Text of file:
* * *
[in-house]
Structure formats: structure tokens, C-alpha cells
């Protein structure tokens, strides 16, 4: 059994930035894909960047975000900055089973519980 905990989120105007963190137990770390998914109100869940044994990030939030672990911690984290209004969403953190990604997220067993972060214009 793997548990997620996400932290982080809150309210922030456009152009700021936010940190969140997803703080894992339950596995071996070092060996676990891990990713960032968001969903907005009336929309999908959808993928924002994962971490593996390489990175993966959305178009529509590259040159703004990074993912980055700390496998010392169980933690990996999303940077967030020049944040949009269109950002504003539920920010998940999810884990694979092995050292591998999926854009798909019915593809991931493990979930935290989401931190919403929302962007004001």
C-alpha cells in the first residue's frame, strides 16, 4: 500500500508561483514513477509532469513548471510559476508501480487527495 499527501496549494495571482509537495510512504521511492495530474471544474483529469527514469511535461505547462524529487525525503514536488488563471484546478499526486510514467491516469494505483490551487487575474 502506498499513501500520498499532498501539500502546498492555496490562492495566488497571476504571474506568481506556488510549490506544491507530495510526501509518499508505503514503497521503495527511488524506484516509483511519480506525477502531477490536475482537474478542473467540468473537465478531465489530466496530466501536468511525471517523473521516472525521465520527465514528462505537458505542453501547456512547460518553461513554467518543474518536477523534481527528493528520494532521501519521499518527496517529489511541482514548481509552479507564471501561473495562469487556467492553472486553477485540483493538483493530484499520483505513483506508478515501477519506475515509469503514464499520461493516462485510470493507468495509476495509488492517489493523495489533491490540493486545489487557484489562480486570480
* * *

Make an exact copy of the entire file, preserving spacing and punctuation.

[in-house]
Structure formats: structure tokens, C-alpha cells
């Protein structure tokens, strides 16, 4: 059994930035894909960047975000900055089973519980 905990989120105007963190137990770390998914109100869940044994990030939030672990911690984290209004969403953190990604997220067993972060214009 793997548990997620996400932290982080809150309210922030456009152009700021936010940190969140997803703080894992339950596995071996070092060996676990891990990713960032968001969903907005009336929309999908959808993928924002994962971490593996390489990175993966959305178009529509590259040159703004990074993912980055700390496998010392169980933690990996999303940077967030020049944040949009269109950002504003539920920010998940999810884990694979092995050292591998999926854009798909019915593809991931493990979930935290989401931190919403929302962007004001």
C-alpha cells in the first residue's frame, strides 16, 4: 500500500508561483514513477509532469513548471510559476508501480487527495 499527501496549494495571482509537495510512504521511492495530474471544474483529469527514469511535461505547462524529487525525503514536488488563471484546478499526486510514467491516469494505483490551487487575474 502506498499513501500520498499532498501539500502546498492555496490562492495566488497571476504571474506568481506556488510549490506544491507530495510526501509518499508505503514503497521503495527511488524506484516509483511519480506525477502531477490536475482537474478542473467540468473537465478531465489530466496530466501536468511525471517523473521516472525521465520527465514528462505537458505542453501547456512547460518553461513554467518543474518536477523534481527528493528520494532521501519521499518527496517529489511541482514548481509552479507564471501561473495562469487556467492553472486553477485540483493538483493530484499520483505513483506508478515501477519506475515509469503514464499520461493516462485510470493507468495509476495509488492517489493523495489533491490540493486545489487557484489562480486570480